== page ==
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Pioneering research sees scientists look at ‘growing third teeth’ to replace dentures and implants

The team from Poznań, Warsaw and Toruń say that, if successful, by using stem cells found in human gums they will be able to produce tooth buds and rebuild the structure of the peripheral nerves. (illustrative photo).
Jonathan Borba on Unsplash

Dentures and implants could soon be a thing of the past following groundbreaking research by Polish scientists.

The team from Poznań, Warsaw and Toruń are carrying out research into growing ‘third teeth’ based on stem cells found in human gums.

Known as tissue engineering, the in vitro process uses substitutes for tissues or even entire organs.

Project leader Agnieszka Gadomska-Gajadhur from the Faculty of Chemistry at the Warsaw University of Technology said the team were currently using “pigs’ gums because we have not been able to access the right amount of human material, but in the future it will be the gum of the person for whom the implant is to be created.”Science in Poland

Project leader Agnieszka Gadomska-Gajadhur from the Faculty of Chemistry at the Warsaw University of Technology said: “If we succeed, we will be able to produce tooth buds from the cells from our own gums, rebuild the structure of the peripheral nerves for those who need a transplant, or cartilage, for example for athletes who have suffered serious joint injuries.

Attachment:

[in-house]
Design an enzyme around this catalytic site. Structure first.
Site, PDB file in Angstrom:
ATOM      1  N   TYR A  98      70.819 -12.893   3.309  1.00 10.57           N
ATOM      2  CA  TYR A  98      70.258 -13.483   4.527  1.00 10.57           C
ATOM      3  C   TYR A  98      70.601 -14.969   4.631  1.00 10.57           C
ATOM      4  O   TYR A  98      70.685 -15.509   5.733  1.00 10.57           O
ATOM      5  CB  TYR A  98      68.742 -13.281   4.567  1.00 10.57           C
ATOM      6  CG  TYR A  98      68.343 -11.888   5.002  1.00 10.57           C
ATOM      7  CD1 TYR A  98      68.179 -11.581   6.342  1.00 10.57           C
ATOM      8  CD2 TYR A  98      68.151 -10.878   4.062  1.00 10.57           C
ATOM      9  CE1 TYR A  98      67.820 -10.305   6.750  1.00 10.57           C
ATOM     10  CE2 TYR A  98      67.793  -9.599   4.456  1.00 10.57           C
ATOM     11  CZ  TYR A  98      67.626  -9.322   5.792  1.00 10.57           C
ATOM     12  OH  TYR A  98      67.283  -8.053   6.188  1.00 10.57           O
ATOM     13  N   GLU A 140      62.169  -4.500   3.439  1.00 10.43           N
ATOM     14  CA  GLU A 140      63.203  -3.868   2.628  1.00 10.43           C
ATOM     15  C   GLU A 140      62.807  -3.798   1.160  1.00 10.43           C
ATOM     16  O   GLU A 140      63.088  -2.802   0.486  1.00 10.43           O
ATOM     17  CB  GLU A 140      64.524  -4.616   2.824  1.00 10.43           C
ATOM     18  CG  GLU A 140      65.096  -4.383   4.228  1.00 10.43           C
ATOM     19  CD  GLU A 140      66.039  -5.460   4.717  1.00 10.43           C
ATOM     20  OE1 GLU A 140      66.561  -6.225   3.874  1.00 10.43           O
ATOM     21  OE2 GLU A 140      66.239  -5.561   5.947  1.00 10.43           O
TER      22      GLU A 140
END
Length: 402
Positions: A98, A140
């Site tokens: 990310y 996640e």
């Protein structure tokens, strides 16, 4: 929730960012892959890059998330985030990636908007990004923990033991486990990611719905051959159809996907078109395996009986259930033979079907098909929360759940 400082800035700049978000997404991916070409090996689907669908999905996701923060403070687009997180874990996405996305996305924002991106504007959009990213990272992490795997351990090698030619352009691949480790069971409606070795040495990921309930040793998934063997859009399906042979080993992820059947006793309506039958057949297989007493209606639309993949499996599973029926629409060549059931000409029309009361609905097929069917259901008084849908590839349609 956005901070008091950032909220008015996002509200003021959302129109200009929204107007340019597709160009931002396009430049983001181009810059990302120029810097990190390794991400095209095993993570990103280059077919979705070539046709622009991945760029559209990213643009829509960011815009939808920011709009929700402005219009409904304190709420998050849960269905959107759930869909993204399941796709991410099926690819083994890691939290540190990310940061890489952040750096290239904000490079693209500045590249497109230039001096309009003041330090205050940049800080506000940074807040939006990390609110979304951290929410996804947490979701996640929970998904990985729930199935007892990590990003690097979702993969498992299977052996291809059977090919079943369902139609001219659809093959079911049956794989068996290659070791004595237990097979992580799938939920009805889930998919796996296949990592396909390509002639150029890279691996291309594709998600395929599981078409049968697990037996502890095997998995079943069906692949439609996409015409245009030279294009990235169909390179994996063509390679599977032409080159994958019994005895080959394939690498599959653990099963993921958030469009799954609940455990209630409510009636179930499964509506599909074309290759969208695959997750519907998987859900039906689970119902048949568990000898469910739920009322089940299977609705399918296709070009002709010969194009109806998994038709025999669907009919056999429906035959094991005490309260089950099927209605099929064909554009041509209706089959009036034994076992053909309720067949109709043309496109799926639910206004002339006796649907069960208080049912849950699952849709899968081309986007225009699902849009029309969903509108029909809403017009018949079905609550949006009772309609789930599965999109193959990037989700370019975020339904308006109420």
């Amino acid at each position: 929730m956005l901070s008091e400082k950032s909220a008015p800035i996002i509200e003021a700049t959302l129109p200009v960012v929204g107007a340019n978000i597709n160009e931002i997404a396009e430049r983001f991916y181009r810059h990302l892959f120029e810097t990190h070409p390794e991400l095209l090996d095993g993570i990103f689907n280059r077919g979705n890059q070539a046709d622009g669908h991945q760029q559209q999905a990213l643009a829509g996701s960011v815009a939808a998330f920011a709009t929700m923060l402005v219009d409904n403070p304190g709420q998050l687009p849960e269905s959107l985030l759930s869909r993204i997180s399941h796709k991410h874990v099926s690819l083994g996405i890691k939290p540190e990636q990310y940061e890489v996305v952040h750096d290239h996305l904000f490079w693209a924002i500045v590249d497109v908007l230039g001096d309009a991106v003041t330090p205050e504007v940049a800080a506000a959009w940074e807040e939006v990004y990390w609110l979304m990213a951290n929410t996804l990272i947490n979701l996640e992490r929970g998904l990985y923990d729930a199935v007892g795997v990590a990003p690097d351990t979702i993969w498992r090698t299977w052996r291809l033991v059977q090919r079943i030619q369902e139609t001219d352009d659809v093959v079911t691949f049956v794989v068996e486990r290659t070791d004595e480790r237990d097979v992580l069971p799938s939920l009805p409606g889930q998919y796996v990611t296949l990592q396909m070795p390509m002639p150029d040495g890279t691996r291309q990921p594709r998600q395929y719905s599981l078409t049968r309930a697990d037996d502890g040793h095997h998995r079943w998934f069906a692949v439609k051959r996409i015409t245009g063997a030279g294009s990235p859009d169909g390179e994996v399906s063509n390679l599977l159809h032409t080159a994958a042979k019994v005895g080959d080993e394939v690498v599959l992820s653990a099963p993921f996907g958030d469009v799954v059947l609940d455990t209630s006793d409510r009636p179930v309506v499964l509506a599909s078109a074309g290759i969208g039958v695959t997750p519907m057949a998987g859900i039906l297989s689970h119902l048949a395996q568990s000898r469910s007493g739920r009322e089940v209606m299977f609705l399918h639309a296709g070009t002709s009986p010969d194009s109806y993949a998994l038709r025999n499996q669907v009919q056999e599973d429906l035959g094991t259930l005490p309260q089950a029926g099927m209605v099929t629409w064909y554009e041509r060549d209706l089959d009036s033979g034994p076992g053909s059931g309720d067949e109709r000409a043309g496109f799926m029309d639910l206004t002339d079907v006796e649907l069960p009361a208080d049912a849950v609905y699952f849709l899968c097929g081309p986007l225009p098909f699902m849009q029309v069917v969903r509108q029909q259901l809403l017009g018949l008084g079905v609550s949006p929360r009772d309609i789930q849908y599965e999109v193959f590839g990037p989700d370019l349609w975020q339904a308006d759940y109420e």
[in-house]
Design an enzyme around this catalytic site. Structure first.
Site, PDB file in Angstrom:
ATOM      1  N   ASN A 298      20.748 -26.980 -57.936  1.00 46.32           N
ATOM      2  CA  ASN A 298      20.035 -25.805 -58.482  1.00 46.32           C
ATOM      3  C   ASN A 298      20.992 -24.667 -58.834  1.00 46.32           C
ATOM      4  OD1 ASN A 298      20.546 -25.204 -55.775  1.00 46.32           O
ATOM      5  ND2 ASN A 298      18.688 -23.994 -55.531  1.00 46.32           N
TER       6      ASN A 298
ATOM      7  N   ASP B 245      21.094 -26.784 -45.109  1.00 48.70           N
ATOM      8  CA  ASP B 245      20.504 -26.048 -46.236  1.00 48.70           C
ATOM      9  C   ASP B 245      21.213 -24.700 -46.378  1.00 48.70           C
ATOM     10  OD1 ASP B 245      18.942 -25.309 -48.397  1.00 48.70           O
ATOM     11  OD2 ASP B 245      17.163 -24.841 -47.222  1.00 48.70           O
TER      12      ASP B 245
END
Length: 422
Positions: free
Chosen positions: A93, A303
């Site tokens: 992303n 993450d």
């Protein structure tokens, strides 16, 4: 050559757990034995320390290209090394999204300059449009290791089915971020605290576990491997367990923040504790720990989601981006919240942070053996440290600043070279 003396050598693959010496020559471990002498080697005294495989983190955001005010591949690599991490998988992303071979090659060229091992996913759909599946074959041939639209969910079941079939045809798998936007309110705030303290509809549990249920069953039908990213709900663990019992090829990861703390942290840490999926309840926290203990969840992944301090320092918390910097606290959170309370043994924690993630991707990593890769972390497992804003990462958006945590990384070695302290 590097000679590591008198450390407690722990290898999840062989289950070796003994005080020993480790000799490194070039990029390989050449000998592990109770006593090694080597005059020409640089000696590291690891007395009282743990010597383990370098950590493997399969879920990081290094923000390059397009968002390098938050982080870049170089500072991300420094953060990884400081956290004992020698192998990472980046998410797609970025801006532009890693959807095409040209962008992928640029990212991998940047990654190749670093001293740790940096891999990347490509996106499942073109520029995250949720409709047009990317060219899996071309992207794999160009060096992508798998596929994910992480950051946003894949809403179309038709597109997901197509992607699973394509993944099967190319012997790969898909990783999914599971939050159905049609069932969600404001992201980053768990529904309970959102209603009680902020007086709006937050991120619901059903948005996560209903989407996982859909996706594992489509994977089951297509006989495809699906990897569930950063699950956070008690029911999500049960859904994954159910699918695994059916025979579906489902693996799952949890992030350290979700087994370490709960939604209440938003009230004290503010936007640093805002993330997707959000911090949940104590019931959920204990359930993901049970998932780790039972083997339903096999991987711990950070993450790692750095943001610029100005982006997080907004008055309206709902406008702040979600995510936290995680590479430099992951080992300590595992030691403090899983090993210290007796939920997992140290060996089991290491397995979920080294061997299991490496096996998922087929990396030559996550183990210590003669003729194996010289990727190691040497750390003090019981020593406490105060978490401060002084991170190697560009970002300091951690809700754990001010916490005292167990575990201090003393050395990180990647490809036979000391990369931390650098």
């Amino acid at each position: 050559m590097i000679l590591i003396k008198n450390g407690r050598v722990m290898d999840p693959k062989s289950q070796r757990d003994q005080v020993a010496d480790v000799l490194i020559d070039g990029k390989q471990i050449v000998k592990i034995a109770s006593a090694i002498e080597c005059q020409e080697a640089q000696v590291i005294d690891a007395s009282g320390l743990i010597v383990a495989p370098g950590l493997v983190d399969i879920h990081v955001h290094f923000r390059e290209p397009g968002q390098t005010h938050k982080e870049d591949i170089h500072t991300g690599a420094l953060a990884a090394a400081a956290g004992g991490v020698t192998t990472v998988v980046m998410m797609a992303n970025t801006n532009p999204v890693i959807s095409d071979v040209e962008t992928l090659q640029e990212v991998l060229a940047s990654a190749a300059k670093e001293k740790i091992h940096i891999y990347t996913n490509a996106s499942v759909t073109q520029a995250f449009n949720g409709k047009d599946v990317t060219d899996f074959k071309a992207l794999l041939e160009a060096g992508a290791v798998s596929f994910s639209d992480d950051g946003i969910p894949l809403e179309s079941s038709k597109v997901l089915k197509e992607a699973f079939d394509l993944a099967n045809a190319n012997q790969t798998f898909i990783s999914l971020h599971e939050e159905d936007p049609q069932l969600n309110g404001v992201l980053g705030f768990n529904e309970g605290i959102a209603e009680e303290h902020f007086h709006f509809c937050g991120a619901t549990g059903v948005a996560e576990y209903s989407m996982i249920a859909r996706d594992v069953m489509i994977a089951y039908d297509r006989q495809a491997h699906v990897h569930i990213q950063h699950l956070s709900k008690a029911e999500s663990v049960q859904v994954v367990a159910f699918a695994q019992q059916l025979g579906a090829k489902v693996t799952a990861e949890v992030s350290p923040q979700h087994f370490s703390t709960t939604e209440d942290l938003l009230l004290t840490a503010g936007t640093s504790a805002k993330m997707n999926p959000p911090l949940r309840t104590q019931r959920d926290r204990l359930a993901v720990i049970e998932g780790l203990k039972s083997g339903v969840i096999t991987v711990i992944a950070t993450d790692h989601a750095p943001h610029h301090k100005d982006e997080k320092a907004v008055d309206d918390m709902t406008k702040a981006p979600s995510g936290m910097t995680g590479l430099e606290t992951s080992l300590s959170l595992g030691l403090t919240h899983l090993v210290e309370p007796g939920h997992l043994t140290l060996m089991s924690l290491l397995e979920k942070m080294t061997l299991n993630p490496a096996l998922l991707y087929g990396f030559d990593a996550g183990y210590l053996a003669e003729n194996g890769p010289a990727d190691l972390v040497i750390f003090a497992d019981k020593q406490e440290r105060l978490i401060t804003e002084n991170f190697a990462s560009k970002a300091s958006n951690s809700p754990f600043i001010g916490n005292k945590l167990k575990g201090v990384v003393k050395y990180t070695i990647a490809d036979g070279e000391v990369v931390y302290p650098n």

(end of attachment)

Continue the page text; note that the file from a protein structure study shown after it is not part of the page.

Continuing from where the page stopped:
“In the areas after tooth extraction, even large-scale bone defects and the deficiencies of soft tissues are rebuilt, except for the tooth, of course.

Moreover, healing in the oral cavity often takes place without scar formation.”

She added: “At the beginning, we take fragments of the gums. At the moment, these are pigs’ gums because we have not been able to access the right amount of human material, but in the future it will be the gum of the person for whom the implant is to be created.

Known as tissue engineering, the in vitro process uses substitutes for tissues or even entire organs.Quang Tri NGUYEN on Unsplash

“However, this is not a problem, because the pig is genetically very similar to humans.

“This is pioneering research. Nobody has tried to do what we are doing yet.”

Such tissue could also be used for transplants of peripheral nerves or in spinal cord transplants in paralysed people, according to Gadomska-Gajadhur. Cartilage can also be successfully grown under laboratory conditions. “

The work is being carried out by scientists from the Warsaw University of Technology, the Medical University of Poznań and the Nicolaus Copernicus University in Toruń as part of the SteamScaf research project.


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